It’s refreshing to see the current popularity of movies and stage productions with multicultural casts. Consider Lin-Manuel Miranda’s phenomenal “Hamilton” and the recently released “In the Heights,” which is already being called the “life-affirming movie of the summer.”
But, actor Angela Robinson remembers when diverse stories like these were typically met with “The Lie” — that diverse stories didn’t have mass appeal and, so, they “wouldn’t sell.”
“I did the Color Purple on Broadway,” says Robinson, who is best known as Veronica Harrington in Tyler Perry’s “The Haves and Have Nots,” “and I’ll tell you what, they said, ‘that won’t sell.”
“But there were lines around that theater every Saturday and Sunday, around the block. People came from Raleigh. People came from everywhere, on buses, on church trips to see that show.”
An understudy in the 2005 Broadway production, Robinson played Shug Avery with the national touring company starting in 2007. She spent two years on the road, performing to sold-out audiences nationwide.
“That showed the Broadway community. ‘Oh, wait a minute now, that does sell!’” Robinson says. “It was a Black story, but more than that, it was a human story. It spoke to the human experience, and people loved it.”
Robinson connects that pivotal experience to her current gig, working with the multi-talented Tyler Perry. He has remained true to his identity and has created a tremendous body of work with mass appeal, Robinson says. Look no further than the popular and profitable Madea franchise.
“Because our stories, while they may be different, they’re pretty much the same. Everybody’s got a crazy Auntie, you know?”
Despite the evidence that diversity on stage and on screen makes business sense, Robinson says there aren’t enough of these stories being written and produced. There are plenty of Black actors but not enough jobs.
That conviction is verified by a recent report by the Asian American Performers Action Coalition, detailing Broadway demographics. For shows in the 2017-18 season, 80% of all writers and 94% of directors were white.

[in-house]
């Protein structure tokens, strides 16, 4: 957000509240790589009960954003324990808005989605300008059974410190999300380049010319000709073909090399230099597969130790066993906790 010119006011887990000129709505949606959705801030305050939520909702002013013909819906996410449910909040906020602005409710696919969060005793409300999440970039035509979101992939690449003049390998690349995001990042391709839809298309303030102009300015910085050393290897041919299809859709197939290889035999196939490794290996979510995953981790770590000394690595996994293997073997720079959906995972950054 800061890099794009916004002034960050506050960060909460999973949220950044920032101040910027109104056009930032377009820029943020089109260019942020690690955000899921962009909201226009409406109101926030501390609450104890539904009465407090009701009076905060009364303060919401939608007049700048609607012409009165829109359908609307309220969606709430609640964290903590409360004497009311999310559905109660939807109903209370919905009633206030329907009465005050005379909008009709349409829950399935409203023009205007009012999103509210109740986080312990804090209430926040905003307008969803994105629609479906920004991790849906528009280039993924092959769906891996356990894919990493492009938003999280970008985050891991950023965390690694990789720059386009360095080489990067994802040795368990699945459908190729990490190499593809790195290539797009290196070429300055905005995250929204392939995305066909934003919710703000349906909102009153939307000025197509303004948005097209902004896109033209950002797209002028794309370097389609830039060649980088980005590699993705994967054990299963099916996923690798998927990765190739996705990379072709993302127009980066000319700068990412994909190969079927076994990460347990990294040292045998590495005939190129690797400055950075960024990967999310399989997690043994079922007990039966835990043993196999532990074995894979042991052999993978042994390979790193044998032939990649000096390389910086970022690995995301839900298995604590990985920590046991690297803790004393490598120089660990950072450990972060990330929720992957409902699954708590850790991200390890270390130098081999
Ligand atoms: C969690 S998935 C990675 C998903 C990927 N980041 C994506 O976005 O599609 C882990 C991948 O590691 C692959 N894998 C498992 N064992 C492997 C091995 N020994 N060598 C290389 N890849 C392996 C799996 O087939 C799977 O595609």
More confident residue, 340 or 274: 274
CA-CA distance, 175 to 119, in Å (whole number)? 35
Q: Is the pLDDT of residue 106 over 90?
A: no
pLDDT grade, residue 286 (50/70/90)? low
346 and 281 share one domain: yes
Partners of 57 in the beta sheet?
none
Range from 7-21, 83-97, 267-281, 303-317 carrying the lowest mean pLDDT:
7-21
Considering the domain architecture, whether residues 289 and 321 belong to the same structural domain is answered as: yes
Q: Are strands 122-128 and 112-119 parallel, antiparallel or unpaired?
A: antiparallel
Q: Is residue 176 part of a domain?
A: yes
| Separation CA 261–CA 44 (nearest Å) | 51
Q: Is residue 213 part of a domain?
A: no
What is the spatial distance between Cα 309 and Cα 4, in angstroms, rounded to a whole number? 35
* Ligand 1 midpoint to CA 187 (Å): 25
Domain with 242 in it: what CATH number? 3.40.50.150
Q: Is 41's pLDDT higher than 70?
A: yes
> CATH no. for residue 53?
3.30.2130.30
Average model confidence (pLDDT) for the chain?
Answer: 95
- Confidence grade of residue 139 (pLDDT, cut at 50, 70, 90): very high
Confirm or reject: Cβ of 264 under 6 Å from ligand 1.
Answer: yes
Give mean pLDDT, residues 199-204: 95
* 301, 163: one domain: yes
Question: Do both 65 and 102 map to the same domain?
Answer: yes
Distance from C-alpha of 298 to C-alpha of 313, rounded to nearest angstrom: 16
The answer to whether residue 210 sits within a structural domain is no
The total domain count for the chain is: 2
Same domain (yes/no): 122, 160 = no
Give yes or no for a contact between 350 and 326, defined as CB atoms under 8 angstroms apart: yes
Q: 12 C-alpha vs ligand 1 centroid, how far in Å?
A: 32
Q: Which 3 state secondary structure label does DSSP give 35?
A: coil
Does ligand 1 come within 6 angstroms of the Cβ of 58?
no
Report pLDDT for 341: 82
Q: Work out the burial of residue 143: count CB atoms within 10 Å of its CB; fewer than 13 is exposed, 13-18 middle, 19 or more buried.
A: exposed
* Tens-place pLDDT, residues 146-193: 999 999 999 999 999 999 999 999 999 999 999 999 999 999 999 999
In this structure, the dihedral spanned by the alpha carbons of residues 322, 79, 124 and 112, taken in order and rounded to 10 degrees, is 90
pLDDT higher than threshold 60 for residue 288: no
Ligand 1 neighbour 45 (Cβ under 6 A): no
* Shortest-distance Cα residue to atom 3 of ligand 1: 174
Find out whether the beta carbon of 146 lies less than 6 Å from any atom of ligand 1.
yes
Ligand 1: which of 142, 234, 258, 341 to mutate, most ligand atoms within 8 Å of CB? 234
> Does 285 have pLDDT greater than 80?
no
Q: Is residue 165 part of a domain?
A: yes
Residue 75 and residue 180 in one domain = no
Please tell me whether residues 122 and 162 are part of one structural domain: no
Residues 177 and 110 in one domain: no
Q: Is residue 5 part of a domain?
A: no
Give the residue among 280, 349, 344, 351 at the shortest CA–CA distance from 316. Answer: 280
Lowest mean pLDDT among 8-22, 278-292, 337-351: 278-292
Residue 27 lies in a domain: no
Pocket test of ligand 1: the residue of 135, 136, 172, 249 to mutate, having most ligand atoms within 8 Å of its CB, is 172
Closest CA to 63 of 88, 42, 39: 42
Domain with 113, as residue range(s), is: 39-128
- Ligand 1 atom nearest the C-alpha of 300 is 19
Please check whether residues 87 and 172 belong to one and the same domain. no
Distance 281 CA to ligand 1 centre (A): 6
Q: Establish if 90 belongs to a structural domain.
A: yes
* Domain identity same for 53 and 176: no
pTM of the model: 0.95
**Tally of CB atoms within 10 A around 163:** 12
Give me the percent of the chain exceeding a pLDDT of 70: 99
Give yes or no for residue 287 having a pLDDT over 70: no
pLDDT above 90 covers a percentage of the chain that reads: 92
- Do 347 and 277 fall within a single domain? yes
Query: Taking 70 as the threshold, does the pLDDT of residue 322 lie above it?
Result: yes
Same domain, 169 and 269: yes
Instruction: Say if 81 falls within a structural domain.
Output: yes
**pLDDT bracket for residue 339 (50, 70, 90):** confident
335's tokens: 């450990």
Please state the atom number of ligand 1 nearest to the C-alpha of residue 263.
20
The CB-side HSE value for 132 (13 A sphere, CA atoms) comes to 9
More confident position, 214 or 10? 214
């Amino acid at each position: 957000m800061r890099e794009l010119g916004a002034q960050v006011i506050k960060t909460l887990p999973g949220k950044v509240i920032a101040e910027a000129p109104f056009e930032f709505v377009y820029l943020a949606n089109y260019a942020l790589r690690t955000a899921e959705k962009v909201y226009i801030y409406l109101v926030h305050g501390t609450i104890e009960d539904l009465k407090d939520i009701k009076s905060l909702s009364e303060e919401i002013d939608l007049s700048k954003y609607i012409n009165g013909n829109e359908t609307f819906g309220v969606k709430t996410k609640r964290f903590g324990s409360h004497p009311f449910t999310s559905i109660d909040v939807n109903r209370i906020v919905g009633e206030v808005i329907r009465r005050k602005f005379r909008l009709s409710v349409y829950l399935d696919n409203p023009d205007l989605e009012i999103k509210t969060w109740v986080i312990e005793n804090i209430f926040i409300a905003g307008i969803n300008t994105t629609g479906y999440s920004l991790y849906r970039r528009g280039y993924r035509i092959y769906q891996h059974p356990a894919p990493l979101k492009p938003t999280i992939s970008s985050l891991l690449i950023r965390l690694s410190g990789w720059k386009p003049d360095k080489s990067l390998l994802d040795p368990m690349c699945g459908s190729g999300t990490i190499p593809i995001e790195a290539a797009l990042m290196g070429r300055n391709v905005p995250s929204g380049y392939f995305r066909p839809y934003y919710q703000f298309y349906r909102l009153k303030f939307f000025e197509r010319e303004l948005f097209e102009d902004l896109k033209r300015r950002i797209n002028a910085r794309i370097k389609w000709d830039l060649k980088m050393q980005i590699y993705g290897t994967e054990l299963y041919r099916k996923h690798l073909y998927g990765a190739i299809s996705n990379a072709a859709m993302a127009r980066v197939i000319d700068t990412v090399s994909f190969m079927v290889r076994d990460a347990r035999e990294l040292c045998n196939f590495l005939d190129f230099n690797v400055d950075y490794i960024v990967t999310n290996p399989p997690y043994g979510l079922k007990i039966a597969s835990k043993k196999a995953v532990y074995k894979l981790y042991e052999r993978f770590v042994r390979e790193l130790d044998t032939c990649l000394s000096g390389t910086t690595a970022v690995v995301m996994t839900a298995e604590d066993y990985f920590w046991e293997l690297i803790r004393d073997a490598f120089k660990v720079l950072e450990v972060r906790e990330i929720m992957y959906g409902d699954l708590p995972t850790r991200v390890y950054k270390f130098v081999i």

“In theater, if we’re not telling the stories of the world — of the way the world looks — if we’re not telling those stories, then then we’re not doing art,” she says. “We need to diversify the writers and the composers, and the producers first — to agree to do these wonderful new colorful pieces.”
Still, Robinson is hopeful about the future, largely because young people are demanding diversity in their entertainment and workplaces. As she explains it, they seem to be less patient with any sort of exclusion and more willing to call out stereotypical treatment.
“People want to see great stories and hear beautiful music. And now thankfully, they notice,” says Robinson. “They want to see it out of the mouths of people that live in the world. They want to see representation.”
Like Hollywood and Broadway, appealing to a diverse audience is profitable for Main Street too. Organizations that embrace diversity and inclusion generate 19-35% more revenue than their peers who don’t.
If you’re ready to learn how DEI practices drive growth, improve recruiting, and enhance your workplace culture, The Diversity Movement can help.
Amber Keister is a writer and editor who believes in the power of story to bring people together. Her work has appeared in Cary Magazine, The News & Observer, and other local publications.